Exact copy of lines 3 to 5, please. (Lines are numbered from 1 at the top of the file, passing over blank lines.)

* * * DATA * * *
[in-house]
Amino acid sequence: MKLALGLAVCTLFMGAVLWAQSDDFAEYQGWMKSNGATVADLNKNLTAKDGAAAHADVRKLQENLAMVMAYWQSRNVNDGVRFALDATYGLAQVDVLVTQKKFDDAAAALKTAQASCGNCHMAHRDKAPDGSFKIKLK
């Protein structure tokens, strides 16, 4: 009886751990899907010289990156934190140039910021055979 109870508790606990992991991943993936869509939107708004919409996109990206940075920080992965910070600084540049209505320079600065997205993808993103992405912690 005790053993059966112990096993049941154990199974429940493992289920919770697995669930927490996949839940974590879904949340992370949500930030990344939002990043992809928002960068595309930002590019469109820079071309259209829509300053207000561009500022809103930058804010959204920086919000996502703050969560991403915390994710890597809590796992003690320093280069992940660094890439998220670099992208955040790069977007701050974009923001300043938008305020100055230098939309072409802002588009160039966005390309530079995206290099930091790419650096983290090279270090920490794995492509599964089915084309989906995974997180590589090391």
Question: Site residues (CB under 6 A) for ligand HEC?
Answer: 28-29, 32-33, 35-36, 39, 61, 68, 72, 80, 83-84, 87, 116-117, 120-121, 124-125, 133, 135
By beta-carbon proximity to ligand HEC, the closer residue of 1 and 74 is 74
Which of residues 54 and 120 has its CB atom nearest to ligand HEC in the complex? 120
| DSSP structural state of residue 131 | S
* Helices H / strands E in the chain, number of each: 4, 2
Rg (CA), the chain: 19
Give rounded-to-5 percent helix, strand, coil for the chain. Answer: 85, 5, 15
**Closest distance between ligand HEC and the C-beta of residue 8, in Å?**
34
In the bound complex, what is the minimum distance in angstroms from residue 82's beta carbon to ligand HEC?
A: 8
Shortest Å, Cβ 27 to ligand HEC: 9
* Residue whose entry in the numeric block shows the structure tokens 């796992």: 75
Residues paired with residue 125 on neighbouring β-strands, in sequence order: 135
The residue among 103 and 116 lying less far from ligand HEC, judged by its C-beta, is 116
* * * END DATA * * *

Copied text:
């Protein structure tokens, strides 16, 4: 009886751990899907010289990156934190140039910021055979 109870508790606990992991991943993936869509939107708004919409996109990206940075920080992965910070600084540049209505320079600065997205993808993103992405912690 005790053993059966112990096993049941154990199974429940493992289920919770697995669930927490996949839940974590879904949340992370949500930030990344939002990043992809928002960068595309930002590019469109820079071309259209829509300053207000561009500022809103930058804010959204920086919000996502703050969560991403915390994710890597809590796992003690320093280069992940660094890439998220670099992208955040790069977007701050974009923001300043938008305020100055230098939309072409802002588009160039966005390309530079995206290099930091790419650096983290090279270090920490794995492509599964089915084309989906995974997180590589090391």
Question: Site residues (CB under 6 A) for ligand HEC?
Answer: 28-29, 32-33, 35-36, 39, 61, 68, 72, 80, 83-84, 87, 116-117, 120-121, 124-125, 133, 135